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Posted by kajukenbo | Nov 15, 2020 @ 03:54 PM | 6,026 Views
The Fliteworks P-38 mimicked the Red Bull P-38 that does not have turbos. Instead, it has inlets for carburetors. If you want to modify the model to be a war-time bird, the carb inlets need to be ditched for turbos.

One option is to use the foam pieces from a J-Power/Blitzworks/Banana Hobby P-38 V2. But, as I pointed out in a previous post that the turbos on that model leave a lot to be desired. I used the Fliteline P-38 plastic turbos on that model for what I consider a huge improvement in the scale appearance.

Here's what I did to the Fliteworks model, in case you want to make the change to yours:

- Cut off the foam inlets, flush with the curve of the foam hatch.
- There is a depression where the turbo sits that doesn't exist on the Fliteworks model, so you will need to trace it and carefully cut the foam. I used a hobby saw, so that I could get a cleaner, straighter cut than a razor knife. A razor knife seems to snag and tear this foam easily.
- The forward part of the depression is very narrow, and it was difficult to get a clean cut, so I lined that portion with styrene sheeting. Shaping the foam depression is the most difficult part of the job, because of the foam's elasticity and thinness.
- Place the plastic turbo over the hatch, trace the outline, then carefully cut out the foam where the plastic turbo will sit. The foam will be very thin and can easily distort and tear!
- The nib on the forward portion of the hatch will prevent the hatch from...Continue Reading
Posted by kajukenbo | Nov 05, 2020 @ 10:25 PM | 5,601 Views
I decided it was time to update my ol' reliable flyer- the J-Power/Banana Hobby P-38. First up was the turbos. The turbos that came with the model are just laughable in their size, shape, and color, which is a real shame because the rest of the model is a decent P-38.

Believe it to not, the Flightline P-38 (a tad-bit larger model) has detailed plastic turbos that are just about the same size as the ones on the J-Power model. Still oversized, but much closer to a decent facsimile! They are very inexpensive. too. (These turbos are so cool that I would consider using them on my B-17.)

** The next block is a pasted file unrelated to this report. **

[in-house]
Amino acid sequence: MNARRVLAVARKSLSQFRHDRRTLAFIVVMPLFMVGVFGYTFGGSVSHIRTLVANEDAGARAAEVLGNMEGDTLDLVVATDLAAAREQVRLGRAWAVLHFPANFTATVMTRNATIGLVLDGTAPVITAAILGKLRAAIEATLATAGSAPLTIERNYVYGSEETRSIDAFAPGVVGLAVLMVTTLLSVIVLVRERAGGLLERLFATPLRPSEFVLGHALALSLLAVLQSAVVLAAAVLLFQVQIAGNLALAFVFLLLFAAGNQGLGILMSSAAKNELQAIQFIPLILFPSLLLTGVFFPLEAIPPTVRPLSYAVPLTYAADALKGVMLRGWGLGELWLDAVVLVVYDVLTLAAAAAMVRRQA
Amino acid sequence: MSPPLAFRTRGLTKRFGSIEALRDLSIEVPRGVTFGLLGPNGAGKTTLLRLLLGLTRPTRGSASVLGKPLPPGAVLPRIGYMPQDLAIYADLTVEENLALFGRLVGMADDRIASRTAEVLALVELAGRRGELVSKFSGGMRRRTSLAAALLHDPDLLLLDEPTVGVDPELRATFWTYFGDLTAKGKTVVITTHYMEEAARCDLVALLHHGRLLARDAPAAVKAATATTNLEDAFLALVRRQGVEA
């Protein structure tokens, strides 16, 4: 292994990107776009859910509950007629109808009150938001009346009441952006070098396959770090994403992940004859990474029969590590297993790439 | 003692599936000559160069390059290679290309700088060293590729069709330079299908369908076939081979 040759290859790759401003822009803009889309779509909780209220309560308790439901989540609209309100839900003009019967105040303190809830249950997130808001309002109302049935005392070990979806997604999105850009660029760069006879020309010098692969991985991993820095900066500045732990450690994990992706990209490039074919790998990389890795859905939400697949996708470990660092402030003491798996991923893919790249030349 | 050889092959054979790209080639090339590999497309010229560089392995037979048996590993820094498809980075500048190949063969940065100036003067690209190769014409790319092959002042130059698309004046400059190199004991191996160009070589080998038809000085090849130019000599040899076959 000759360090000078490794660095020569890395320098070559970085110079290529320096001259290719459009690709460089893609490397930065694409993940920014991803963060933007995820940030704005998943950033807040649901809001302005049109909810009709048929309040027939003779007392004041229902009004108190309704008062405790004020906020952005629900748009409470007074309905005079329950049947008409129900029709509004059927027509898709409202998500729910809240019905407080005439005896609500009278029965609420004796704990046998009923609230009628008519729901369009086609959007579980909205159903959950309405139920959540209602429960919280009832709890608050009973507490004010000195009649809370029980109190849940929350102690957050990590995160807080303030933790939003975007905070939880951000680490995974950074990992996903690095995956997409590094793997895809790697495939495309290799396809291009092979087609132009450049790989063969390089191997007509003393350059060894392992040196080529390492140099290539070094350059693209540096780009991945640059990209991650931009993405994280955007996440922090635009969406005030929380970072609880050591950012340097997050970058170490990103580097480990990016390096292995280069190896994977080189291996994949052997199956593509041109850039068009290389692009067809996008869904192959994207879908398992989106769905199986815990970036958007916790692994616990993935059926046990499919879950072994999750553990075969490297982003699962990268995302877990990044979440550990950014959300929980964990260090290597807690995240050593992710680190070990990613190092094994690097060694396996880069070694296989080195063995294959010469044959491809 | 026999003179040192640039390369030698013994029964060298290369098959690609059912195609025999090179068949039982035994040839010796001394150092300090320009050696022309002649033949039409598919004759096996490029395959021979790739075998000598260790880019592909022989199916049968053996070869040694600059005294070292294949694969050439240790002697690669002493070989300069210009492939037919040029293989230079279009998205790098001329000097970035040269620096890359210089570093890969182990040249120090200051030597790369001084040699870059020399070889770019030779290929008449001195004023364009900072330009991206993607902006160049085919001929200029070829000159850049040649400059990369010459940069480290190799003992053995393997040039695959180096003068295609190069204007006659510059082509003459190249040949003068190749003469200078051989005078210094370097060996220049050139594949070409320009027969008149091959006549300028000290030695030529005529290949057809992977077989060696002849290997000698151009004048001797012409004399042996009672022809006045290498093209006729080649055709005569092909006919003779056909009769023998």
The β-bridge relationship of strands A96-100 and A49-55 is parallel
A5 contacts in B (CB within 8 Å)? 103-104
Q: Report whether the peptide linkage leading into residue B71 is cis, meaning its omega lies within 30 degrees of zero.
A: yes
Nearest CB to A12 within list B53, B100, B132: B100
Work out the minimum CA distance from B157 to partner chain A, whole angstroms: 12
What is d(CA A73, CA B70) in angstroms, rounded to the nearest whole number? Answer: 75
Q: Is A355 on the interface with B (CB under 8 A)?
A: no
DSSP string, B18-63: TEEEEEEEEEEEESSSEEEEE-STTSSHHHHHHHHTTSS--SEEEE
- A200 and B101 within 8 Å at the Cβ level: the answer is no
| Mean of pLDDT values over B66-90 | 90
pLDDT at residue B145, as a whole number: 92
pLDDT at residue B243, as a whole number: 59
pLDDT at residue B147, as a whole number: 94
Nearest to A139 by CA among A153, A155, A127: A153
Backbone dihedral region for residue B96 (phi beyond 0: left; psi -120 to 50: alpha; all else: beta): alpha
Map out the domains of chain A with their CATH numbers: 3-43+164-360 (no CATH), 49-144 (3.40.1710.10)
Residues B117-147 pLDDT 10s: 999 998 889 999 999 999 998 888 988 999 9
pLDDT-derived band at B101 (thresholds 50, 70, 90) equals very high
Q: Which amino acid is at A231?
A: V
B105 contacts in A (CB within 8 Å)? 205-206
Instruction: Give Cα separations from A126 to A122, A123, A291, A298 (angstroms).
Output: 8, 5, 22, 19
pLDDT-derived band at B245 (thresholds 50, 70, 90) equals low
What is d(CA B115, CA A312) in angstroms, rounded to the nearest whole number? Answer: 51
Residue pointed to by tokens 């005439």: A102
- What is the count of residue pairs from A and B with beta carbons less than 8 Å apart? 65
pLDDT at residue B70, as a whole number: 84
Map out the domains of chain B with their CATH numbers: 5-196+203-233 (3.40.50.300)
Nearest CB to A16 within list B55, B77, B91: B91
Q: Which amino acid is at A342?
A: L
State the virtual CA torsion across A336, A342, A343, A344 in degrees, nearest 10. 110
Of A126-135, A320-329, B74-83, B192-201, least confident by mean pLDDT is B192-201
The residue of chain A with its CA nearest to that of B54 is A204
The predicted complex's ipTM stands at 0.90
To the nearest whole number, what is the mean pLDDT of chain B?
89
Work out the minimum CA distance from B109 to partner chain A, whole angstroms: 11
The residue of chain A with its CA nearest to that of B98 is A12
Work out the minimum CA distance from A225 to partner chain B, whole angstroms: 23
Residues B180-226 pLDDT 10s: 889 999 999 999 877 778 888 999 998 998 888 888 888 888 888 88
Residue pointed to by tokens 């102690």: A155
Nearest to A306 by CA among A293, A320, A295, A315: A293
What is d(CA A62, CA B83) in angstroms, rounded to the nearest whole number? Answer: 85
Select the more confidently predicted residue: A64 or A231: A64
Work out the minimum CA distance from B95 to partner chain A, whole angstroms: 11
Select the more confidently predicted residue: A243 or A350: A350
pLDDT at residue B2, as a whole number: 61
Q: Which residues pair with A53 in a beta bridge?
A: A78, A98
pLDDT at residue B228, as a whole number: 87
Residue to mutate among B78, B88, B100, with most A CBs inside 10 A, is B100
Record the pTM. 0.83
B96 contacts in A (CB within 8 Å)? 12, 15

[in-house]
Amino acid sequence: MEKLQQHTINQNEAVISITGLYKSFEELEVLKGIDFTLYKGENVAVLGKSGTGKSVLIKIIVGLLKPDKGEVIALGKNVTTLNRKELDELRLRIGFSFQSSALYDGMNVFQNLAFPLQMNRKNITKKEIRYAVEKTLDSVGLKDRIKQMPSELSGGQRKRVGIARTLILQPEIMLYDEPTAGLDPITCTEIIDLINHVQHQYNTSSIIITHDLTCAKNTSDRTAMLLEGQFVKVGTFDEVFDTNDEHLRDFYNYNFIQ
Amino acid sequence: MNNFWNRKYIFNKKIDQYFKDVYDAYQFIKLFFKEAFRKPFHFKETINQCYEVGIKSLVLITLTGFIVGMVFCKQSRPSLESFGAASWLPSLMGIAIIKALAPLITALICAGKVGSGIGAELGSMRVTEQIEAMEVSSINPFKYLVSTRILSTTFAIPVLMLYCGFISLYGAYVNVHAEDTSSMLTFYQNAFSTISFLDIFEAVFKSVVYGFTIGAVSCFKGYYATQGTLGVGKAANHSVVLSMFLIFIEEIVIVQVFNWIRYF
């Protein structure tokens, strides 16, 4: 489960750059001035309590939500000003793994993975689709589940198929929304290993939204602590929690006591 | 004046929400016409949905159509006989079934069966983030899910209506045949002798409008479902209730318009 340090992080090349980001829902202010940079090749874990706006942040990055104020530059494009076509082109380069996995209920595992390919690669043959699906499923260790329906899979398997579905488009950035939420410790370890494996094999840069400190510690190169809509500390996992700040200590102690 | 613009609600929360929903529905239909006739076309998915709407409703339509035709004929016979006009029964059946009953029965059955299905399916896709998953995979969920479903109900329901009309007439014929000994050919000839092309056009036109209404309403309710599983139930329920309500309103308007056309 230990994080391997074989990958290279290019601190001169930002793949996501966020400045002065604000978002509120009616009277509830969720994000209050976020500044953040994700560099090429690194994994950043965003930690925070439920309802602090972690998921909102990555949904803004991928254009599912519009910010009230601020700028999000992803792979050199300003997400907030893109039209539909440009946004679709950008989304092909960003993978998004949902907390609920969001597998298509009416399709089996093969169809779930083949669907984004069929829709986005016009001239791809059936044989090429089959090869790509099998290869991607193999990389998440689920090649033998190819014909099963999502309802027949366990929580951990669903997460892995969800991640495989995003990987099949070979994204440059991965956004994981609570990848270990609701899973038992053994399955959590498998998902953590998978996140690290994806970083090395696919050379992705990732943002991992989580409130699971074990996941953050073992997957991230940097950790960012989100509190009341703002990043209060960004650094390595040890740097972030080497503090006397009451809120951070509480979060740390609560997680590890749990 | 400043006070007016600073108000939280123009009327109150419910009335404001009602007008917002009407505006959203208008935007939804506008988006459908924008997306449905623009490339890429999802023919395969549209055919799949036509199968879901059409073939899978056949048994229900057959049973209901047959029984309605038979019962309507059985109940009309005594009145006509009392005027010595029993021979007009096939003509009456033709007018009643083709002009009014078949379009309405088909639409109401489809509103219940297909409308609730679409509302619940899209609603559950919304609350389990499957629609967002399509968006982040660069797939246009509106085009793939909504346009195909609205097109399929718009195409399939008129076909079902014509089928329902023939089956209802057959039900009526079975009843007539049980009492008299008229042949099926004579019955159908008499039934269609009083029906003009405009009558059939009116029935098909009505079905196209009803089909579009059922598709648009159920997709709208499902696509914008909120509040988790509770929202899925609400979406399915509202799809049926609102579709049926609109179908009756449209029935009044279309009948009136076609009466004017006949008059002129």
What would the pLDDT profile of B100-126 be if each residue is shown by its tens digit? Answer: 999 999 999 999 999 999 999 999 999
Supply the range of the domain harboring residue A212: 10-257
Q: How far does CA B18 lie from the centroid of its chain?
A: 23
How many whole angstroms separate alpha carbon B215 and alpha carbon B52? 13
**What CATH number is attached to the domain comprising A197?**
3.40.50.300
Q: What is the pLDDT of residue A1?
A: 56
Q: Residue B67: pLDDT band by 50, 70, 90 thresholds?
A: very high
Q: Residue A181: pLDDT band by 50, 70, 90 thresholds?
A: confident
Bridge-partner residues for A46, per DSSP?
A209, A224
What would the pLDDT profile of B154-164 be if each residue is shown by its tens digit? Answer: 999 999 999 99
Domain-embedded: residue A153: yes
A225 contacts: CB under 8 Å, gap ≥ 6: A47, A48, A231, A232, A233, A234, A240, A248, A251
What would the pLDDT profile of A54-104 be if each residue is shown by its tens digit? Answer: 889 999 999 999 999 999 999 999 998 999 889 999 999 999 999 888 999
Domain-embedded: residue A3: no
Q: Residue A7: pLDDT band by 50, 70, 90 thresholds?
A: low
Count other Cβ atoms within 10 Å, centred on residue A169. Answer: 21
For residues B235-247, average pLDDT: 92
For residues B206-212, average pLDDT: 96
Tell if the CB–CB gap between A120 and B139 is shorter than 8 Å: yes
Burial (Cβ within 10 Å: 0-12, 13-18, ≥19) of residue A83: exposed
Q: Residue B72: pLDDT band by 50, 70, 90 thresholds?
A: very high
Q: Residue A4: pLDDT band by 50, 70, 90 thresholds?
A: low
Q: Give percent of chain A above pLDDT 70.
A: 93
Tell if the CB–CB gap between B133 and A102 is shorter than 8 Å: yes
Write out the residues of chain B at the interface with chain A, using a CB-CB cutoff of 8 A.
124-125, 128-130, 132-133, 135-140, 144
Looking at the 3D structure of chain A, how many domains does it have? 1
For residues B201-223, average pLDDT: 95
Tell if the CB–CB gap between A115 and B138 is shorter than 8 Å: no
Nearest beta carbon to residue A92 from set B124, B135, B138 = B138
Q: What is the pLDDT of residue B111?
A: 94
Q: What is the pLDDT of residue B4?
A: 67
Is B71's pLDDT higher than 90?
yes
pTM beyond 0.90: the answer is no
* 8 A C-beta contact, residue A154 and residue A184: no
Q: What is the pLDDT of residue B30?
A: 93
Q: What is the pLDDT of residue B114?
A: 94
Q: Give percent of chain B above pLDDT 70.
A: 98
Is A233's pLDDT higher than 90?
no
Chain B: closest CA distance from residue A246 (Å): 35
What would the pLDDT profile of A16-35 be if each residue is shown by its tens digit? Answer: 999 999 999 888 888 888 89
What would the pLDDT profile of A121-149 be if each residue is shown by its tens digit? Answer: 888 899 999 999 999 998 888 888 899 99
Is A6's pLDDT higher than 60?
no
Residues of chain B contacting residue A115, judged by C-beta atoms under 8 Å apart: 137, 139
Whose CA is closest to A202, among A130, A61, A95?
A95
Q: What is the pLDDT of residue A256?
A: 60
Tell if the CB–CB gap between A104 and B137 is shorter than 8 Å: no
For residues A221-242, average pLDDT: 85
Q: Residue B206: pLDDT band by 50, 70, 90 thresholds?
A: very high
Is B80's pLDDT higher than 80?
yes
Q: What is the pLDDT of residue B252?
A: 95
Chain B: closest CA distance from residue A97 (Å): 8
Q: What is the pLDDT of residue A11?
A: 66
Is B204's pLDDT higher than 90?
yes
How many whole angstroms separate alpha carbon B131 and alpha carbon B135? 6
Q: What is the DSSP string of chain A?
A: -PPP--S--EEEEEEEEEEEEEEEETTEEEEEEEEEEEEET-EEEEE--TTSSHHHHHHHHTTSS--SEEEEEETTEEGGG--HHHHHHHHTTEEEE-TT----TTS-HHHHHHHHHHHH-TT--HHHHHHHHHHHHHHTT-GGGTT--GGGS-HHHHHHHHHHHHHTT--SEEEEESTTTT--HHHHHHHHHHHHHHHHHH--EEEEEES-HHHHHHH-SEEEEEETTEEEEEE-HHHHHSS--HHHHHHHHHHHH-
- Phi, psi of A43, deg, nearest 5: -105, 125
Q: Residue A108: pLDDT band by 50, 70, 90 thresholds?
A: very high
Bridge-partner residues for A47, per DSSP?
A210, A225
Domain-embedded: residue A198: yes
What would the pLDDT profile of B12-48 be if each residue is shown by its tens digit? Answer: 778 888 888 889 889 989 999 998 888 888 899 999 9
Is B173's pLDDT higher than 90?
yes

I cut off the old, molded foam turbos with a hobby saw, traced the outline of the new turbo, and cut a pocket for it to nestle into. Then, I tacked it into place on the underside with hot glue. I cleaned up the installation with some aluminum tape and dark green acrylic paint. I added a bit of weathering to the turbos and fuel staining on the booms.
I also added:

- A gun sight made from styrene sheeting, a straw, and a piece of transparent plastic. All scraps!
- A larger, more scale-sized pilot.
- A seat and pilot armor.
- Radio equipment! Old 9-gram servos emptied of their contents.

Not a scale masterpiece, but decently dressed up for a grab-and-go belly lander with hundreds of flights on it
Posted by kajukenbo | Oct 06, 2020 @ 08:41 PM | 1,639 Views
Krrrrrrrunch!!!

That's the sound I heard as one of my Black Widows came down in the field corn. I had pushed my flying time too far into the evening, and I lost orientation when the black plane was silhouetted against the setting sun. The model doesn't turn on a dime, so when it rolled in the opposite direction I had intended it took every bit of the 80' of altitude to turn it around. But, it was leveling out into the corn stocks!

The stalks had hit the leading edge of the wing square-on, causing some deep dents and breaking the wing halves loose from their mounts. The nose was trashed. The props lost most of their blades, and the cowls took a little beating, but not too bad.

The wing mounts went in with a little hot glue. No problem. Dynam designed the plane with a magnetic nose piece, which is really smart. Pull off the damaged nose, and snap on a new one.